Whakanuia: 5 Things Worth Celebrating in September 2017
Our monthly list of awesome mahi to look forward to, featuring an exhibition at Blue Oyster Project Space, Political Cutz, great reads and the Kōanga Festival.
Between television, social media and all your other vices usually used for escapism it is pretty hard to hide from the looming election – the promises, the scandals and the bad hair. Politics isn’t the worst thing, but it’s not for everyone that’s for sure. This month, our editorial team have recommended a range of shows, reads and experiences that we think are well worth celebrating and might take your mind of the conversation of the nation.
The arts typically gets shut out of serious conversation during the election; the electorate at large is apparently not as concerned about New Zealand's film and television and theatre and music and visual art as they are concerned about an app to tell them where they can freedom camp. God bless Barbarian Productions for finding ways to force art back into the conversation, though. They've just re-opened Political Cutz, a pop-up hair salon that comes to life during elections and offers up free haircuts in exchange for an honest and open chat about politics, and later this month they're running their annual Spring Uprising festival at Vogelmorn Bowling Club. There's events like a 'speed dating' session for artists and social organisations and a (by now obligatory) screening of I, Daniel Blake, and they're running a Kid's Polling Booth in the lead-up to the election so that they, too, can experience the thrill of existential despair about the state of their country. (The Spring Uprising programme says that the kids can vote for "whatever they want", so maybe voting for puppies makes people feel differently.)
Both are exciting provocations at their heart, ways of getting reluctant New Zealanders to talk about politics and to think about the arts as intrinsic to our understanding of our politics and our society. And, I mean, I need a haircut, so.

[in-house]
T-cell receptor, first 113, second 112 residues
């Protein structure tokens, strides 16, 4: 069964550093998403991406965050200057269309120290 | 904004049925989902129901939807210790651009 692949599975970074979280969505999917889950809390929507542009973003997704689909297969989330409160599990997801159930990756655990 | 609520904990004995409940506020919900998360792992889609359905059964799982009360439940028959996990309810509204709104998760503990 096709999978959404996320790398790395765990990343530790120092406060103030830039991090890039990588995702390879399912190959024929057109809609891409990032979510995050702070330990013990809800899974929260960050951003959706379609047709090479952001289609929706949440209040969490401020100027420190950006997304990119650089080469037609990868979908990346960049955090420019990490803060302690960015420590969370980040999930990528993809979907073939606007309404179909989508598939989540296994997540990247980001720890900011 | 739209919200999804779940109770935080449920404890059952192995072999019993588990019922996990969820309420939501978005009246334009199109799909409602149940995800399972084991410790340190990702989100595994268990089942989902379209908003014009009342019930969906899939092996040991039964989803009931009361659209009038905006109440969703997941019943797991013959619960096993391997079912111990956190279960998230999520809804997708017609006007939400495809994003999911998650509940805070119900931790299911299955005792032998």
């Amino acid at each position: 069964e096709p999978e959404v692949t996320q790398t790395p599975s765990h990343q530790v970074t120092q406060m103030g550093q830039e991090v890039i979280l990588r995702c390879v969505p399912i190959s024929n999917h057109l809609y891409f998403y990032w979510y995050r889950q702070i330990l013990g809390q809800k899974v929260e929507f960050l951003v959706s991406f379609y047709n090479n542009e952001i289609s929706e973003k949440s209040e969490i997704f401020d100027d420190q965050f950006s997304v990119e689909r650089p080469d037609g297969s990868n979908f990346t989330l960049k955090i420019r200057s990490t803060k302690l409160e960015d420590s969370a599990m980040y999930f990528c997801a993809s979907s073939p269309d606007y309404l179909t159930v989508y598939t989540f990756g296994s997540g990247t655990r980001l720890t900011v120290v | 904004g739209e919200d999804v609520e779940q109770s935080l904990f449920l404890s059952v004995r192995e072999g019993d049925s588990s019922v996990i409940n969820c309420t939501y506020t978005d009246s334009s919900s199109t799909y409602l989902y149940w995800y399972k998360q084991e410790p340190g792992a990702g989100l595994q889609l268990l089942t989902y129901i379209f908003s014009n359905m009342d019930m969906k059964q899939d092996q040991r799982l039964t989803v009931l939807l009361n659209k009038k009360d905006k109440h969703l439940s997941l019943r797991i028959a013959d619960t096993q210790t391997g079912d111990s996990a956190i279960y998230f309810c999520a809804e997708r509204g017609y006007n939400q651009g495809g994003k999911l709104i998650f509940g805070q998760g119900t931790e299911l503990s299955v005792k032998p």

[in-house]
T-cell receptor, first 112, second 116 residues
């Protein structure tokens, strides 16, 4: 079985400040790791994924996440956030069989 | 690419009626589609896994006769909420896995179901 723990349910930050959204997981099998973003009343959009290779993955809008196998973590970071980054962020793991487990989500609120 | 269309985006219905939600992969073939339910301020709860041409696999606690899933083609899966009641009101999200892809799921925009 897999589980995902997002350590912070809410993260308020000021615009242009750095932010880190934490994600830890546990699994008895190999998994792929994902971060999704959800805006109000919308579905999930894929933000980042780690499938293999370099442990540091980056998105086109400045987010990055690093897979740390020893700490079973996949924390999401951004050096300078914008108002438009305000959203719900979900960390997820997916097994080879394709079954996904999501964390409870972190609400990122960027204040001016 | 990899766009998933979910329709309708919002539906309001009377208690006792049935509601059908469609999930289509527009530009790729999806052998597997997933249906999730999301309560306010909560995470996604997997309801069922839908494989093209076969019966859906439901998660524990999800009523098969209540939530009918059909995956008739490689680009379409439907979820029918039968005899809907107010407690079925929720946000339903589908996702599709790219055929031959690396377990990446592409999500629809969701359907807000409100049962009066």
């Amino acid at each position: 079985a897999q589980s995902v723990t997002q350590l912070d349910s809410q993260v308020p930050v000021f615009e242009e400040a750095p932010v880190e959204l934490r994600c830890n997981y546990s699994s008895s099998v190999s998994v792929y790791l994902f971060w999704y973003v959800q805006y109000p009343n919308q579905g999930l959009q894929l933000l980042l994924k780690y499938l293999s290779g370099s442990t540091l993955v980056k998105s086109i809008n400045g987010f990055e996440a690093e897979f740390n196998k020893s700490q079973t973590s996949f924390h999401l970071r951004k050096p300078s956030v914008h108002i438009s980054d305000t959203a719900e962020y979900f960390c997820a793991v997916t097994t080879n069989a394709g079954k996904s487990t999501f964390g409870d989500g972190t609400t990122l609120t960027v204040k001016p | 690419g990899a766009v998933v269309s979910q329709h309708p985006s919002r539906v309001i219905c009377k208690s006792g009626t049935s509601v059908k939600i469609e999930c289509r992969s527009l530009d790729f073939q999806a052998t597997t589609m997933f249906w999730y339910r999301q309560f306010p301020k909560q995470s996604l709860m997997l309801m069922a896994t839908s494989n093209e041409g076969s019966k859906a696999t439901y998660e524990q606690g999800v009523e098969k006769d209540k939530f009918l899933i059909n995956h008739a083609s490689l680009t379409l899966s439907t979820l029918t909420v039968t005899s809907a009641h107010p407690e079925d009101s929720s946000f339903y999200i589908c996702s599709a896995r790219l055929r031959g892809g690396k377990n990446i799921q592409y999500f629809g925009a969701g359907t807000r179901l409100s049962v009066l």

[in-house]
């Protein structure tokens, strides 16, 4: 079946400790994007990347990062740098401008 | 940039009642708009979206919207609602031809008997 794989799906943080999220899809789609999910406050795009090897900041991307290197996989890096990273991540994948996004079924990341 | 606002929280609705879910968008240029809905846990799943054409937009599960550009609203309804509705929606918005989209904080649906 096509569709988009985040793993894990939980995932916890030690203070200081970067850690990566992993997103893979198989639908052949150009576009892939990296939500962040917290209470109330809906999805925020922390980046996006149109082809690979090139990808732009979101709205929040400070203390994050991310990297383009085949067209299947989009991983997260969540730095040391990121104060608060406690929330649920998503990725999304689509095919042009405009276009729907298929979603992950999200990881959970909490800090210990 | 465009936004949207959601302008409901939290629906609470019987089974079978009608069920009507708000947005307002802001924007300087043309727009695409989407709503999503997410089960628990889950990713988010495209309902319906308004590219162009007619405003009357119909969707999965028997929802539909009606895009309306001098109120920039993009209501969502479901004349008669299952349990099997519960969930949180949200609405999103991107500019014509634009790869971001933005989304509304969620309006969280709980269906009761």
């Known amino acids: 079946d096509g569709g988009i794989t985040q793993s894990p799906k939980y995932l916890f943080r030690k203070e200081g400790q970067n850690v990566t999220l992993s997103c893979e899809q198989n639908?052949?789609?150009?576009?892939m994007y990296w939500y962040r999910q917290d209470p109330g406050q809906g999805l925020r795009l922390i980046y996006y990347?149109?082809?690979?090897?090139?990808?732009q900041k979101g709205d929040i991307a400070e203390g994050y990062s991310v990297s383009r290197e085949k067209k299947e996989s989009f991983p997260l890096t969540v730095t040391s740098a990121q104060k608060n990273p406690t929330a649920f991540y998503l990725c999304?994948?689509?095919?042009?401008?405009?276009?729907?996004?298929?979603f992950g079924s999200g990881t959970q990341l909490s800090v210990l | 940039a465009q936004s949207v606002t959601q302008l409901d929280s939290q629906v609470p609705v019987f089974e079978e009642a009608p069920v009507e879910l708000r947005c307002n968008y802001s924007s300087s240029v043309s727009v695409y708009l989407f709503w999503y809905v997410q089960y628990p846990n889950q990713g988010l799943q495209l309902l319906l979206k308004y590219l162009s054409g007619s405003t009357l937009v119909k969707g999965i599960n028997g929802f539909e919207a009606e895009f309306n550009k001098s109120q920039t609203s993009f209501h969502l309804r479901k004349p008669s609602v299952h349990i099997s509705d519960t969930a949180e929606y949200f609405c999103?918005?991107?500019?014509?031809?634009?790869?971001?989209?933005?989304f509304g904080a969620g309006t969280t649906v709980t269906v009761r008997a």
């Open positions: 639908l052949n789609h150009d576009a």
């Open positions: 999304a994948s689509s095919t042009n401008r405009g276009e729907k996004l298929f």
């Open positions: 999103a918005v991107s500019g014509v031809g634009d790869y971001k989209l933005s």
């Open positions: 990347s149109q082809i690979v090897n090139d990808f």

Political Cutz is running until the 9th of September at the corner of Lambton Quay and Stout Street; Spring Uprising takes place at Vogelmorn Bowling Club from Wednesday 20th to Saturday 23rd September.
Struggle (curated by Catarina de Peters, with contributions from Lucy Zee, Courtney Evans and Irasa Teofilo) is a breath of fresh air out of July's Auckland Zinefest. As de Peters says in her intro, "Struggle aims to comfort and heal its reader. It's a space for breathing, for not nursing anyone but yourself." Radical self-care gets thrown around a lot, but Struggle draws on an older and way more generous zine tradition of women writing for themselves and for their peers, creating a localised world of protection and humour. Best part is how Auckland it feels- whether its a list of Top 5 bangers to play in the long and awkward line to the Ponsonby Rd KFC drive-thru or getting John Campbell's daughter's backpack in your face at West Lynn Superette.
Cora-Allan Wickliffe (Ngapuhi, Tainui, Alofi and Liku) and Daniel Twiss (Lakota, Sioux, Rosebud Reservation) are not only parents to Chaske-Waste but have also come together to make the latest exhibition Generation Housing NZ at Blue Oyster Art Project Space in Dunedin. The exhibition centres on Wickliffe’s family state house of 28 years which has now been vacated for development. Through time-based practice, Wickliffe and Twiss use indigenous methodologies to create video portraits on government purchased land for social housing. I am not missing this one.
Sarah Jane Barnett
It was National Poetry Day on 25 August, and we celebrated with a poetry mixtape and poetry collection picks. As someone who reads poetry to my kid, I had to sit on my hands to stop myself from adding poetry for children to both pieces. This was because The Sapling, an Aotearoa website all about children’s books, had it covered.
For National Poetry Day they asked poet Paula Green to put together an 'A to Z' of some of her favourite children’s poetry reads. While most New Zealand poetry books for children are out-of-print, you can find them in libraries. The best of the lot has to be A Treasury of New Zealand Poetry for Children which is being reprinted in November.
Pōneke has a well-established Māori theatre whānau and it's exciting to see their Tāmaki Makaurau cousins expand and solidify in their work, as evidenced by events such as the steadily growing Kōanga Festival which kicked off over the weekend at Tāmaki's home for Māori theatre, Te Pou in New Lynn.
Now in its third year, and partly taking inspiration from Indigenous playwriting festivals across the Tasman, the Kōanga Festival includes performances, masterclasses and workshops of new work. I'm most excited about the four new plays that will get their first public readings at the festival: Provocation by Aroha Awarau, Little Black Bitch by Jason Te Mete, Te Papakāinga by Maraea Rakuraku and Huia Kaimanawa by Krystal-Lee Brown. Find out more about the festival and book tickets here.